China's men's basketball team looks to secure a berth at the 2024 Paris Olympic Games at the basketball World Cup. Tipping off on Friday in the Philippines, Japan, and Indonesia, this is the first time the global showpiece will be hosted by multiple nations.
A total of 32 teams, divided into eight groups of four, will fight for the coveted Naismith Trophy. The top two teams of each group will qualify for the second round, while the bottom two teams will play in the classification round for 17-32 places.
Teams also set their sights on securing a spot at the Paris Olympic Games, with seven tickets at stake in this World Cup and distributed to the best teams per continent.
China eyes to finish the tournament with the best result among Asian teams, so as to book the only ticket allocated to Asia for the Paris Games.
China will open their campaign against hot favorites Serbia on Saturday before squaring up against debutants South Sudan on Monday. In the last group game on Wednesday, China will meet world No.20 Puerto Rico.
It's exciting to see how naturalized forward Li Kai'er makes a difference in the rebuilt Chinese team.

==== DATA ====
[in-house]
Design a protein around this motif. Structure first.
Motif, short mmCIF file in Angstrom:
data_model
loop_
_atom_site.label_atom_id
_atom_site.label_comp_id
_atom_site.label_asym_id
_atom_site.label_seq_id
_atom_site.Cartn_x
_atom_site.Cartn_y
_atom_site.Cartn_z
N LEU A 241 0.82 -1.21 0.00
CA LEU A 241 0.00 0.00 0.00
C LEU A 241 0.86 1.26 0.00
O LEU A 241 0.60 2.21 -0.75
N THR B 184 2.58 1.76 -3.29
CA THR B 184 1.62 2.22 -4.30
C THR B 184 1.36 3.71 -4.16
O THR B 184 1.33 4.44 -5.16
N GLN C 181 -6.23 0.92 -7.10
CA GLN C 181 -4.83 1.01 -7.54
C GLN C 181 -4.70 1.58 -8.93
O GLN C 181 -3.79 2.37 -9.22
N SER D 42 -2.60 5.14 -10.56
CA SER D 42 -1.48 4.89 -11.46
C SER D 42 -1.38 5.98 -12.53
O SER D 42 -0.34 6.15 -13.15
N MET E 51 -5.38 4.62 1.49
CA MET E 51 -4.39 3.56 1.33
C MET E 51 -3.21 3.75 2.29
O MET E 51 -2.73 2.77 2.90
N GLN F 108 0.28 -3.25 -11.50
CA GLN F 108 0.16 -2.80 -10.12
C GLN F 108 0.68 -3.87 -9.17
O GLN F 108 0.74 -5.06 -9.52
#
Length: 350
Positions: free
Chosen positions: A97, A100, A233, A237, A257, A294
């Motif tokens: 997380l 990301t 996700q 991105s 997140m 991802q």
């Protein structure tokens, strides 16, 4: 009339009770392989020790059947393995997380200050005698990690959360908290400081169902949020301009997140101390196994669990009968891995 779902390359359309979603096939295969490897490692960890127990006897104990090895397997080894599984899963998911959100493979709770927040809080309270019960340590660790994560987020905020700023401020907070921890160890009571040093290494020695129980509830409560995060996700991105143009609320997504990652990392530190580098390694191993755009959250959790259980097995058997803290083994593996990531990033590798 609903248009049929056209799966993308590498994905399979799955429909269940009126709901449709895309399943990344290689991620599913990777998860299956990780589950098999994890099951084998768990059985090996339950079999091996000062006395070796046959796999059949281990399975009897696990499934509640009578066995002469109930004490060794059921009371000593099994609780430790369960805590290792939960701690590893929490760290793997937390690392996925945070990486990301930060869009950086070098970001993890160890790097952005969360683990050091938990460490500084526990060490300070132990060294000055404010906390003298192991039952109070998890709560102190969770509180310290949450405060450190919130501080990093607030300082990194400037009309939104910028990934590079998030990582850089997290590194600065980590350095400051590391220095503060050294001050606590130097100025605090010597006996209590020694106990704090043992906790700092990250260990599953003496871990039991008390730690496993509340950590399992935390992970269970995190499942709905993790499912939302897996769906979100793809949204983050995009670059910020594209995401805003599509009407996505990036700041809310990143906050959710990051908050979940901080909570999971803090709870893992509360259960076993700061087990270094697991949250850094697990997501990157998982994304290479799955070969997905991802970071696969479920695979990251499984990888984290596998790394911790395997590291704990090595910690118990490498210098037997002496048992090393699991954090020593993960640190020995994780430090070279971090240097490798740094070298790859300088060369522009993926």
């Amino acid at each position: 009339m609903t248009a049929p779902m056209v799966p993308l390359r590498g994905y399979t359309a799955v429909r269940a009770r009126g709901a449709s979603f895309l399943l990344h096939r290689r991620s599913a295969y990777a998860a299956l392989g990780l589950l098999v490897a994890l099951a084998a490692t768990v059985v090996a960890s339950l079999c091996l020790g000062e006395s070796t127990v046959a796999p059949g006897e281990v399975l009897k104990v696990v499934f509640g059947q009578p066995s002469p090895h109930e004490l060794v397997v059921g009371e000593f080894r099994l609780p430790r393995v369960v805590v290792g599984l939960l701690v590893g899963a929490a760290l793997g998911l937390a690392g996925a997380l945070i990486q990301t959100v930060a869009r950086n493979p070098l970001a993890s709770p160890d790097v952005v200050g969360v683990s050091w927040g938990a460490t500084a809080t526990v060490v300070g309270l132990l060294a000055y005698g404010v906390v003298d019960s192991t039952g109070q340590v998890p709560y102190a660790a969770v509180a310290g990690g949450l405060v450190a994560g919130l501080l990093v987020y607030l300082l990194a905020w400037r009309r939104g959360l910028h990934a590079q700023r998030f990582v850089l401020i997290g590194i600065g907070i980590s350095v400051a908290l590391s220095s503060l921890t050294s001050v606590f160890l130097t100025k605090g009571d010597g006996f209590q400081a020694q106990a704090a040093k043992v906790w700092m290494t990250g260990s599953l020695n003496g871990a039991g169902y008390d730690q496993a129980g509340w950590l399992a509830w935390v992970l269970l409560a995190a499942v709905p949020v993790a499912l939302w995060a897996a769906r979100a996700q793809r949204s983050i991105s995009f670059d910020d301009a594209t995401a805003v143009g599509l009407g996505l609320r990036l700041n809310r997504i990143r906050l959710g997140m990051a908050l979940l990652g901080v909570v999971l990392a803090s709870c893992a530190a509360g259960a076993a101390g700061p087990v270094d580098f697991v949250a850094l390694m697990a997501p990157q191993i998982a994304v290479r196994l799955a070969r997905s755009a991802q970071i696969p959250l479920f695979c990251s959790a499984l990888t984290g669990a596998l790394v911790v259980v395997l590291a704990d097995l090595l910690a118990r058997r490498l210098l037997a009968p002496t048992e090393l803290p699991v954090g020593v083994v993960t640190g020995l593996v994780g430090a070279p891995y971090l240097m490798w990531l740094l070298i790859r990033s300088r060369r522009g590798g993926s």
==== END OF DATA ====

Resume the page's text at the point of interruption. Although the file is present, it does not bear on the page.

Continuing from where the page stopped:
Zhou He, a Beijing-based basketball commentator, told the Global Times that it will be difficult for China to secure a spot for the Paris Games via this World Cup.
"There is a big gap in strength between China and the European teams. This is a good opportunity for the young players to gain experience and grow, such as the promising forwards Cui Yongxi and Zhang Zhenlin," Zhou said.
Despite the absence of ace center Nikola Jokic, Serbia has been one of the most formidable forces in Europe and is clear favorites to win the group. The real intrigue lies over which team can progress along with them.
Regular presence Puerto Rico is a tall order for China to handle, while South Sudan has been enjoying a purple patch after earning their maiden World Cup appearance by winning 11 of 12 qualifying games.
Zhou said China cannot pin all its hopes on a single player - the 29-year-old Li, who averaged 9.4 points, 5.3 rebounds, 4.9 assists, and 1.1 steals per game while with the NBA franchise Minnesota Timberwolves.